whale sharks primarily off Chinas southern
provinces in the South China Sea, with an
estimated 1000 landed per year (Li et al., 2012b),
suggests a substantial local mobulid shery could
also exist. As large lter-feeding elasmobranchs
living mainly in tropical and subtropical waters,
manta and devil rays often share habitat and
aggregation areas with whale sharks (Sleeman
et al., 2007; Anderson et al., 2011; de la Parra
et al., 2011; Rohner et al., 2013; Berumen et al.,
2014) and have been targeted by the same sheries
(Alava et al., 2002; Barnes, 2005; White and
Cavanaugh, 2007). In addition, the South China
Sea has been identied as home range to seven of
the worlds 11 mobulid species (Last and
Compagno, 2002; Marshall et al., 2009).
Traditional Chinese medicine (TCM) is believed
to have originated over 5000 years ago (Mainka
and Mills, 1995; Liddick, 2011) and is one of the
most popular forms of alternative and
complementary medicines in East Asia (Leung
et al., 2003). Gill plates as a remedy rst appeared
in Chinese medicine literature in 1976 (Lin, 1976)
and the earliest reports of sheries supplying gill
plates to China came from the Philippines in the
1960s, when a buyer from Mindanao introduced
the trade (Acebes, 2013). The expansion of the gill
plate trade in the late 1990s (Dewar, 2002; Acebes,
2013) may be explained, at least in part, by the
broader trend of increased use of wildlife for
Table 7. Participants in the mobulid gill plate trade and roles played by
each according to vendor interviews
Producer
1
Importer/consumer
2
Exporter
China China China
Vietnam Hong Kong Hong Kong
Indonesia Macau Vietnam
S America Singapore Indonesia
Sri Lanka S America
Africa Sri Lanka
Malaysia Africa
Europe Malaysia
Myanmar Europe
Australia Myanmar
Japan Australia
India Japan
Taiwan India
Middle East Taiwan
Thailand Middle East
Philippines Thailand
Mauritius Philippines
Mauritius
Producer = reported as a gill plate source
Importer/consumer = reported sourcing gill plates from other regions
and selling locally
Exporter = reported by other markets as source of gill plates
1
Hong Kong was reported as a source location by some vendors in
China and Macau, but does not catch mobulids, and therefore is not
listed as a Producer. Hong Kong distributors reported that Hong
Kong imports gill plates and re-exports 7080% to China.
2
Malaysia and Canada were also identied as consumers from other
sources (Dulvy et al., 2014; Manta Trust, 2014).
THE MANTA AND DEVIL RAY GILL PLATE TRADE
Copyright #2016 The Authors. Aquatic Conservation: Marine and Freshwater
Ecosystems published by John Wiley & Sons, Ltd.
Aquatic Conserv: Mar. Freshw. Ecosyst. (2016)
medicinal purposes, which has escalated alarmingly
in the past decade(WWF /Dalberg, 2012).
Increasing wealth in China and the prestige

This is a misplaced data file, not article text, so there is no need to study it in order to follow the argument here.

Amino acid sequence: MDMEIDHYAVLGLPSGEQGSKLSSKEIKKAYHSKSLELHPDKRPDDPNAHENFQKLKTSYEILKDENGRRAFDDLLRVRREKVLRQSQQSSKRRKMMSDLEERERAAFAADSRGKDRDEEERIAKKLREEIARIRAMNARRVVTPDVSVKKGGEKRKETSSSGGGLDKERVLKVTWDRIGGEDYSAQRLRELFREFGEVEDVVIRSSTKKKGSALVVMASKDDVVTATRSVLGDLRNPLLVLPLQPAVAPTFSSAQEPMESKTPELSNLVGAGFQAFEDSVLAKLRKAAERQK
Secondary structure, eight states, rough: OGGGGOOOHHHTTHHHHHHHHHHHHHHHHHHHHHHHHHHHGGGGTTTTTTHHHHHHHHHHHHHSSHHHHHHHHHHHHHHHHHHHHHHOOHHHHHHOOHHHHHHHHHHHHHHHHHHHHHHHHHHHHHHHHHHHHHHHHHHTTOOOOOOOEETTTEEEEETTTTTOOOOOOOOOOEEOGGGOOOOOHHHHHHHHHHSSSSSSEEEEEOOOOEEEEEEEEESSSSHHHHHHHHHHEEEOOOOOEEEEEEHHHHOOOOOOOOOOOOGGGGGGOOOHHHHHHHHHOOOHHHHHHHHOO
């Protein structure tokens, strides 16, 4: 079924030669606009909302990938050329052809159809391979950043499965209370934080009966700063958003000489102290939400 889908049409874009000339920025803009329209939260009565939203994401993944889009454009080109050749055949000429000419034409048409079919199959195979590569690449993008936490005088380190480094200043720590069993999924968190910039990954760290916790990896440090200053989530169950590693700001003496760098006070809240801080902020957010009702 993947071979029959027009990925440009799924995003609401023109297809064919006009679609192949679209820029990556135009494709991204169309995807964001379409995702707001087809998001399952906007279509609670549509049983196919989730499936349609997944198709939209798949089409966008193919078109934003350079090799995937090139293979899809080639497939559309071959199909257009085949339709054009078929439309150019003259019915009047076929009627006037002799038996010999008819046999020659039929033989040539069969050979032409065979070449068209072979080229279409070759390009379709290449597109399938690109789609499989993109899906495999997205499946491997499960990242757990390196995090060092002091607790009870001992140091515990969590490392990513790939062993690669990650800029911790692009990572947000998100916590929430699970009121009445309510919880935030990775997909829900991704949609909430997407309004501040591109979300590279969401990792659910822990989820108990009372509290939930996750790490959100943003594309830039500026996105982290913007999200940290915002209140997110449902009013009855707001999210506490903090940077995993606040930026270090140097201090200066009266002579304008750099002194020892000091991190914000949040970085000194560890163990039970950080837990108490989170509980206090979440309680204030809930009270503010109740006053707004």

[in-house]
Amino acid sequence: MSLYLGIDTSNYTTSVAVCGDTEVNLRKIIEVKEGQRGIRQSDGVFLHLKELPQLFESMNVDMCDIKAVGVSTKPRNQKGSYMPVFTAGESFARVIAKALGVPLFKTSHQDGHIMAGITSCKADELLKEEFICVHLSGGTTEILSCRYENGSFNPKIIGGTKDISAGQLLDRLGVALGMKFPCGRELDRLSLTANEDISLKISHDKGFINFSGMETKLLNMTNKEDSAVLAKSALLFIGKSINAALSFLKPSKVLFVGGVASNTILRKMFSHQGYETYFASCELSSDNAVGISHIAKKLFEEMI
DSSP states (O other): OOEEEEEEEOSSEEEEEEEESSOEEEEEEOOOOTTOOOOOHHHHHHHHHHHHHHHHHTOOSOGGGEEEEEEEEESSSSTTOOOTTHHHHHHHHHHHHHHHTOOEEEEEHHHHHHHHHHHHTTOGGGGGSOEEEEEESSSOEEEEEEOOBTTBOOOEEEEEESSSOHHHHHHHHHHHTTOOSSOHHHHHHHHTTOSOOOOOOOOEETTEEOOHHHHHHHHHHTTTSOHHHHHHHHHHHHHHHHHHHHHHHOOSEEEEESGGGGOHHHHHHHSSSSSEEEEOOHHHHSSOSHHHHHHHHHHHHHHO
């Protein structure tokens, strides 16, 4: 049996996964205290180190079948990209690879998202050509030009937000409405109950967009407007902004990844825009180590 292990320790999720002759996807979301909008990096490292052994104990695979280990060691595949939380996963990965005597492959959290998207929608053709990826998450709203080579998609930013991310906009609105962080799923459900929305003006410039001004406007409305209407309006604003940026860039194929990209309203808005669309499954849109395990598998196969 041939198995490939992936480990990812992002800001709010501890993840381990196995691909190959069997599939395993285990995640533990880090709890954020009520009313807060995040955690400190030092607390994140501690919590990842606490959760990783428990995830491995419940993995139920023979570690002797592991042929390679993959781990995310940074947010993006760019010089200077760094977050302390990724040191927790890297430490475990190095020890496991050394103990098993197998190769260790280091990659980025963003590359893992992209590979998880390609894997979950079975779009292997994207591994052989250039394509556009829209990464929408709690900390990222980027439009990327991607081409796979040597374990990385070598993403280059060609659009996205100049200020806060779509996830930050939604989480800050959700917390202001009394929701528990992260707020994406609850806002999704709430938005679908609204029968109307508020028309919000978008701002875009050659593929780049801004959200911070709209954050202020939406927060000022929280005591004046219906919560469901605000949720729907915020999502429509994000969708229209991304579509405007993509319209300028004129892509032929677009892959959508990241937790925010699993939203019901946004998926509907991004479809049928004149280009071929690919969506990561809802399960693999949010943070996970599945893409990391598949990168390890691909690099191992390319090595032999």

associated with being able to procure rare and
expensive remedies and foods have contributed to
this trend (Clarke et al., 2007; Fabinyi, 2011;
Graham-Rowe, 2012; Zhang and Yin, 2014).
Other factors driving demand include concerns
about toxicity and dangerous side effects from
pharmaceutical drugs (Pang, 2012) and the
common beliefs in powerful medicinal properties
associated with certain foods (Yiming and
Dianmo, 1998; Qifeng et al., 2012) and in wild-
sourced ingredients being more potent and free of
impurities than cultivated ones (Fabinyi, 2011).
Internet advertisements for gill plates frequently
focus on the purity of pengyusai, claiming it has
been harvested from pristine ocean areas, and
promoting its efcacy in improving respiratory
health. Thus Chinas air pollution crisis and
associated respiratory illnesses (Lelieveld et al.,
2015) may well be another driver of pengyusai
demand. Ironically, consumption of unregulated
animal products from unknown sources carries a
number of potential health risks from heavy metal
accumulation, toxic chemicals used in processing,
and zoonotic transmission of infectious diseases
(Still, 2003; Clarke et al., 2007; Alves et al., 2013).
Mobulid gill plates and tissues tested have been
found to contain potentially unsafe levels of heavy
metals, including arsenic, cadmium, and mercury
(Essumuang, 2009; Whitcraft et al., 2014; Oi et al.,
2015), with some gill plate samples tested
exceeding the Pharmacopoeia of China
recommended limit for arsenic by as much as 20
times (Li et al., 2012a; Whitcraft et al., 2014).
In general, prescription of remedies from
endangered animals is no longer common
(GrahamRowe, 2012), and in fact, top TCM
doctors and companies have publicly renounced
the use of products containing endangered species
(TRAFFIC, 2014). In this study apothecaries and
Table 8. Vendor-recommended uses of gill plates
Recommended use
2015 surveys 20132014 surveys 2011 surveys
Number of
vendors
Percentage of
vendors reporting
Number of
vendors
Percentage of
vendors reporting
Number of
vendors
Percentage of
vendors reporting
13 71 31
General health
*
0 0% 41 58% 11 35%
Removes toxins 1 8% 41 58% 2 6%
Chicken Pox/Small Pox/Measles 2 15% 35 49% 4 13%
Lactation aid 5 38% 33 46% 0 0%
Cough /Sore Throat /Phlegm/Tonsil
inammation (Children)
0 0% 29 41% 6 19%
Reduce internal heat 0 0% 27 38% 7 23%
Lung support 0 0% 17 24% 0 0%
Liver support 1 8% 14 20% 0 0%
Eyesight support 5 38% 13 18% 0 0%
Skin Complaints/Acne/Boils 0 0% 13 18% 5 16%
Cancer 0 0% 9 13% 1 3%
Fever 1 8% 9 13% 6 19%
Reduce inammation 6 46% 8 11% 0 0%
Aids digestion /good for stomach 1 8% 8 11% 1 3%
Overuse of alcohol-tobacco-stay up
all night
5 38% 7 10% 0 0%
Aids blood circulation 1 8% 7 10% 1 3%
Kidney support 4 31% 4 6% 5 16%
Irritability 3 23% 3 4% 0 0%
Not TCM 1 8% 3 4% 1 3%
Mumps 0 0% 1 1% 2 6%
Fertility aid 1 8% 1 1% 1 3%
Hyperactivity (babies) 1 8% 11% 0 0%
Thyroid gland support 3 23% 0 0% 1 3%
*